Work, study, work, class, extracurricular, meeting, repeat. That isn't the typical day you'd imagine for a college student according to what we learn from popular media, but the day-to-day reality for many college students is changing with a rising number of students receiving financial aid.
In the 2011-2012 academic year, data released by the National Center for Education Statistics show that 71 percent of all undergraduate students received some type of financial aid.
As a college student with almost full-financial aid, I work four jobs to pay for my tuition, housing and other activities. And I love it. I work extra hours because I refuse to allow my economic status to limit my possibilities for pursuing my passions. But this isn't how I have always thought.
When I came into college, my relationship with money was quite different. A lot of my happiness depended on how financially secure I was -- or more importantly, felt -- at times. My excuse in getting out of many activities was, "No, I don't have the money for it."
Back then, my relationship with money also pushed me away from others who had different backgrounds: from the investors and traders at my internship to my wealthier peers. I'd make my peers feel wrong for having a financially stable background that could support their dreams, and not partaking in activities that would fulfill them and positively impact the world. I'd be frustrated at my multiple jobs, and wonder what my life could be like rather than what it actually was.
But all I needed in order to find peace and love was a new pair of glasses: a new perspective. In reality, I've learned invaluable lessons from not having money. I've learned the importance of saving and budgeting, how to manage my finances and even invest money. I've also learned how to be thrifty and where to look for resources I need. With the many jobs I've had, I've gained skills and learned about what kind of impact I want to make and the kind of person I want to be in the workplace. And many of these lessons are ones many people learn later on down the road.
This new perspective also allows me to appreciate those with different backgrounds as well. People with money have their own set of problems -- from expectations to carry on the family business, to having their success defined by their family, to being confined to act and look a certain way. Everyone has their own obstacles and is traveling on their own journey, so rather than bringing others down for being different, why not embrace differences and support others on their journey of life?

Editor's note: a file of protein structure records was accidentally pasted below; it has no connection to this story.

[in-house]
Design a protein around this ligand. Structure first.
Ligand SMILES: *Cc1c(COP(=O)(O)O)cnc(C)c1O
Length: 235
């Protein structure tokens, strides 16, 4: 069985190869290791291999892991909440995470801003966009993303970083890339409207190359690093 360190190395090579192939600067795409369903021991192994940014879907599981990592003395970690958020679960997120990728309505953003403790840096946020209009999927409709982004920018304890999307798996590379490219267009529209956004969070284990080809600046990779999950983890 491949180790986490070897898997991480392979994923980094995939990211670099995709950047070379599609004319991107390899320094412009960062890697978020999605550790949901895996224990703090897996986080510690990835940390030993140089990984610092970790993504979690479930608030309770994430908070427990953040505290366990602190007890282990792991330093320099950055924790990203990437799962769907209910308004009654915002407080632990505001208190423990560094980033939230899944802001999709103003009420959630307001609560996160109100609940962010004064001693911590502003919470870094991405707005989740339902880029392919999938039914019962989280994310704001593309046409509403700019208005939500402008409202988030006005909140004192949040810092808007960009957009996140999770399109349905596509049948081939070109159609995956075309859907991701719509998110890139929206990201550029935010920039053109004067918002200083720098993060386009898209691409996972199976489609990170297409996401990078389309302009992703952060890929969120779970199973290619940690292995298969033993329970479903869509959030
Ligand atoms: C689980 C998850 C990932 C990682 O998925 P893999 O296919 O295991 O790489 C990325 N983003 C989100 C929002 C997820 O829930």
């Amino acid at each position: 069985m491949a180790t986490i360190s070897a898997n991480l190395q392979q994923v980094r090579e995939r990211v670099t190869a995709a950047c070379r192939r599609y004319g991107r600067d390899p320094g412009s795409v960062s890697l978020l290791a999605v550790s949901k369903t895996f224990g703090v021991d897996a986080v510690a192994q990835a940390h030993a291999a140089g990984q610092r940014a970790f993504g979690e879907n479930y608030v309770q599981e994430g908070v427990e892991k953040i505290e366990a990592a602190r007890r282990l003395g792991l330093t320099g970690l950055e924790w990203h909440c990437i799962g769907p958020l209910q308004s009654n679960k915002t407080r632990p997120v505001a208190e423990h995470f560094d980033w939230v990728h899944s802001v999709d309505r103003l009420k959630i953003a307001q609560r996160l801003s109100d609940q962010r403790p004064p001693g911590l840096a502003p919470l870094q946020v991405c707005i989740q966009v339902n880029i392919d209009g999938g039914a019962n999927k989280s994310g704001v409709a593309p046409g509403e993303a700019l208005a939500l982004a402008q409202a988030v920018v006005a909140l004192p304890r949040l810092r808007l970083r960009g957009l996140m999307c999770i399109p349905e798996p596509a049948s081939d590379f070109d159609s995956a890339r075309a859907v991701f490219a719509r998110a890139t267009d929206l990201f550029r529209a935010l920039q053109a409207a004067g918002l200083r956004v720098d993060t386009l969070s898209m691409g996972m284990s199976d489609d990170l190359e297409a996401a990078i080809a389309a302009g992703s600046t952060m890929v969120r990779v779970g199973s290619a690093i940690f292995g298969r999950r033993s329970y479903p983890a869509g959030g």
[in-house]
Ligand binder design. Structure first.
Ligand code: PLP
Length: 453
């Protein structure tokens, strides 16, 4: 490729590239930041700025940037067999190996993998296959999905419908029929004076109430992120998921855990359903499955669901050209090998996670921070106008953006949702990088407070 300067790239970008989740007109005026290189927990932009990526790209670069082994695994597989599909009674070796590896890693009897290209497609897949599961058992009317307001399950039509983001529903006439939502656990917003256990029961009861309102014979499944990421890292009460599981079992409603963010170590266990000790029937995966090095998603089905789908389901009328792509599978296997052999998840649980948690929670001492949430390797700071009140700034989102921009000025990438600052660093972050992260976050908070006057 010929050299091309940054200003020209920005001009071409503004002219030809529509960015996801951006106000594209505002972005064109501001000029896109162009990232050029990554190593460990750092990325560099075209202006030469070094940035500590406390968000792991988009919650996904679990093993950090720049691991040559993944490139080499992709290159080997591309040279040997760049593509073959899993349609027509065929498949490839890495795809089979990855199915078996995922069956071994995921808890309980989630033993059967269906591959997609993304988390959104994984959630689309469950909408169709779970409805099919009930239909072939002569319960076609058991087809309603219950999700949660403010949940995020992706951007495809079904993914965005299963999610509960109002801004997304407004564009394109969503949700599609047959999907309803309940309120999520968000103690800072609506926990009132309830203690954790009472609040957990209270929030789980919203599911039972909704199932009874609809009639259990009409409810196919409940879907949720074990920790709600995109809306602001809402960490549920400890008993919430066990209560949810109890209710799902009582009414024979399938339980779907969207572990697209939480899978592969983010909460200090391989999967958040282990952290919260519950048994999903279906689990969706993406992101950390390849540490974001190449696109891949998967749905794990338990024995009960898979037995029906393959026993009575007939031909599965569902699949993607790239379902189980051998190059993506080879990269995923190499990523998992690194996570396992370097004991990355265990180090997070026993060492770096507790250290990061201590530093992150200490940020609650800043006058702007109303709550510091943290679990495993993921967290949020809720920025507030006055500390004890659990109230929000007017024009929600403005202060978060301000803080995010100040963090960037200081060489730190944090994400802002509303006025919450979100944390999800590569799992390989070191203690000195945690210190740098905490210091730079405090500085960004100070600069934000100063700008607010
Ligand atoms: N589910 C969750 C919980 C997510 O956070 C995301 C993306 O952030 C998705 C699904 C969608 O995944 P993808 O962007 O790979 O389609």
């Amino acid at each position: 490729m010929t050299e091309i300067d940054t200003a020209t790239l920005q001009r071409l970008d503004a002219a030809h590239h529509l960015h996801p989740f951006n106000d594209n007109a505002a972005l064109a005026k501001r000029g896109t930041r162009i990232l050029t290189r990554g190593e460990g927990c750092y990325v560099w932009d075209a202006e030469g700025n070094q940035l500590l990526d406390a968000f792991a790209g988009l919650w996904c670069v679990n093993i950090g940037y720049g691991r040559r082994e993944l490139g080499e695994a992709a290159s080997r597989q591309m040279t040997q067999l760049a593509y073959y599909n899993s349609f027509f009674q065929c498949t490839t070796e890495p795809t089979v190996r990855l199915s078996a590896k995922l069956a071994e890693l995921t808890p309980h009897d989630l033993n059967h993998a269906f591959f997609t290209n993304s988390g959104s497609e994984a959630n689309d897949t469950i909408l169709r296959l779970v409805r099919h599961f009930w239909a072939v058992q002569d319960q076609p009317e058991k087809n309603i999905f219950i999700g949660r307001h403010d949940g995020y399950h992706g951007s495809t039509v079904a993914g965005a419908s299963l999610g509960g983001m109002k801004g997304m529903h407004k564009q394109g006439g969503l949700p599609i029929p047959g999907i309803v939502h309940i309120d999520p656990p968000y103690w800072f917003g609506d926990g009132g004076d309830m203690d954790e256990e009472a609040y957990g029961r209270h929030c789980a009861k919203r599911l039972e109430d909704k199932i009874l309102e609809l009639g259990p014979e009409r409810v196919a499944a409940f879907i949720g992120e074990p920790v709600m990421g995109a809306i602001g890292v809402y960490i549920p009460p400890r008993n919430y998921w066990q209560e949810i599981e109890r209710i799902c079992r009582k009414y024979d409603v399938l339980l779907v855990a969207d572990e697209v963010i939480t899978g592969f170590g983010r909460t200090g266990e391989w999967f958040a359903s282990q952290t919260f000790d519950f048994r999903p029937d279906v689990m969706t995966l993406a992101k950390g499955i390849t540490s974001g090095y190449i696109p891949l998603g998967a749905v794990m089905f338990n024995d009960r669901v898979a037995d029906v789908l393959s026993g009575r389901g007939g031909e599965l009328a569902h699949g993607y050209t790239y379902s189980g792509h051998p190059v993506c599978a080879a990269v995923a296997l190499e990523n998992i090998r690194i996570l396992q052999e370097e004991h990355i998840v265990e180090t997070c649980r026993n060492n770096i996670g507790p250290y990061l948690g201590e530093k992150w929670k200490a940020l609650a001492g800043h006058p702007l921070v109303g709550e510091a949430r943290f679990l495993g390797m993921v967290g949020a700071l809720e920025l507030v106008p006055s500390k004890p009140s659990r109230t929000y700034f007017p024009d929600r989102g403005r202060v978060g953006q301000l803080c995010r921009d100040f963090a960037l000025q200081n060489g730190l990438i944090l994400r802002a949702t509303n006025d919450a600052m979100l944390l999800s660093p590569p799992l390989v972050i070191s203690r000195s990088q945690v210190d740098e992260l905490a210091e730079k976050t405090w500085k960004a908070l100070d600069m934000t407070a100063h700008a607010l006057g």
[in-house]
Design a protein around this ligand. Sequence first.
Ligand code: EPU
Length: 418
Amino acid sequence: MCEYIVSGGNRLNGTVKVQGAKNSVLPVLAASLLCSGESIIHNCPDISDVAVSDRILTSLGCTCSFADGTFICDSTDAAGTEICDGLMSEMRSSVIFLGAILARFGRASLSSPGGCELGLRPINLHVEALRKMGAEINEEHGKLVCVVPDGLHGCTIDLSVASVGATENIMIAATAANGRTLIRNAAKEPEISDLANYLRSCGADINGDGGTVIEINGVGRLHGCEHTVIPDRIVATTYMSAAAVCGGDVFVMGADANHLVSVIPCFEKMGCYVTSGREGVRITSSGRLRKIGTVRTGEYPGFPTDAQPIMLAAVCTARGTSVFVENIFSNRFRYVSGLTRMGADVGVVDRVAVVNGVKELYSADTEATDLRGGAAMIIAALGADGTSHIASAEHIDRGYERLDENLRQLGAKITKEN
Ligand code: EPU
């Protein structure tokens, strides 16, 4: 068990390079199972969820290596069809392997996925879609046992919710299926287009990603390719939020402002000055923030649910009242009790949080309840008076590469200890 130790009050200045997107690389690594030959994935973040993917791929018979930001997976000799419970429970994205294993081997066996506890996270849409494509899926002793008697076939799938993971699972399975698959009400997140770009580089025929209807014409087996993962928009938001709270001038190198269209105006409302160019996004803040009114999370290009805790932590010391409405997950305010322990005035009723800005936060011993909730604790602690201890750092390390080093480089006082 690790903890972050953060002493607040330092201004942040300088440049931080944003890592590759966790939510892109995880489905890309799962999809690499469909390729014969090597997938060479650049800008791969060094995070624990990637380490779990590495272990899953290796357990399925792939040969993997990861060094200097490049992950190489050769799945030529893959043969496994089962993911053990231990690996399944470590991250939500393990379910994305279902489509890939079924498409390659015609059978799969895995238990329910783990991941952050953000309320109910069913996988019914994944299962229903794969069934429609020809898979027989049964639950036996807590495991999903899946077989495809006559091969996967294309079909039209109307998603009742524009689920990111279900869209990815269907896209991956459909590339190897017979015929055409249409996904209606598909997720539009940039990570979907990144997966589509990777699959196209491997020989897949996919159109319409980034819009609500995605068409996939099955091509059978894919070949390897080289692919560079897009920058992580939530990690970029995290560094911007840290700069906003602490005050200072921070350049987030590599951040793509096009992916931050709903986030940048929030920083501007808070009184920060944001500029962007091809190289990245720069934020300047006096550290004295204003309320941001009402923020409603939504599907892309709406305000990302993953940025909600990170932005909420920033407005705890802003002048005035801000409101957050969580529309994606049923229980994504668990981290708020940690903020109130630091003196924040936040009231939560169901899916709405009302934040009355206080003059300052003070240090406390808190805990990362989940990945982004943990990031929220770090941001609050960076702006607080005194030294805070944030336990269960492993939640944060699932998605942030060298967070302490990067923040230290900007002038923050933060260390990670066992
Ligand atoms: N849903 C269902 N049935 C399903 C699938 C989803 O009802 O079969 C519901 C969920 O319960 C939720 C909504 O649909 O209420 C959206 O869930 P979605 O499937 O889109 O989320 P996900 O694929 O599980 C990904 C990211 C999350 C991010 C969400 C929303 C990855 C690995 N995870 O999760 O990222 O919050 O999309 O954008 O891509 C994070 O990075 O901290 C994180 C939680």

Recently, Northwestern's Questbridge chapter created a Tumblr page to highlight the differences between students of varying socioeconomic backgrounds. While I think it's a great first step to bring our differences to light, what I'm learning out of reading the posts is the importance in empathetically see others' situations (no matter what they are) and to see our own situations as opportunities. Some students may have suffered more financially, but this doesn't mean others haven't suffered in different ways. Also, hopefully by seeing our differences, we can also begin to acknowledge our similarities.
The most beautiful people we have known are those who have known defeat, known suffering, known struggle, known loss and have found their way out of the depths. These persons have an appreciation, a sensitivity and an understanding of life that fills them with compassion, gentleness and a deep loving concern. Beautiful people do not just happen.
-- Elisabeth Kübler-Ross
All in all, I honestly feel so fortunate for all the opportunities I've gotten. Because I couldn't afford to pay for college application fees in high school, I received help from Questbridge. And because I couldn't afford to travel while studying abroad in Paris, I received aid from Northwestern and outside scholarships. The opportunities and support are always out there, as long as we keep working and never give up.
However cliché this may be, Macklemore and Ryan Lewis' line "Make the money, but don't let the money make you," is a huge lesson I have learned. I've decided that "I don't have the money for it," can't be my only excuse anymore. It can be one excuse, but can't be the only one. A lot of the activities or experiences I pass out on might make my life all the more wholesome, but because I used to let money control my life and dictate what I did, I didn't let myself have these new experiences.
If money is an emotional issue for you, you've just put your finger on a big part of the problem. No one who is good at building houses has an emotional problem with hammers. Place your emotional problems where they belong, and focus on seeing money as a tool.
And no, this isn't to say I've started to spend my money recklessly. I'll still always have the questioning side of me, which pushes me to find cheap eats or free places to go (which aren't bad, don't get me wrong!) but I now have a healthier and more balanced relationship with money. I think the most important thing is to have money be a tool to action or positive change, rather than as a way to define who I am.
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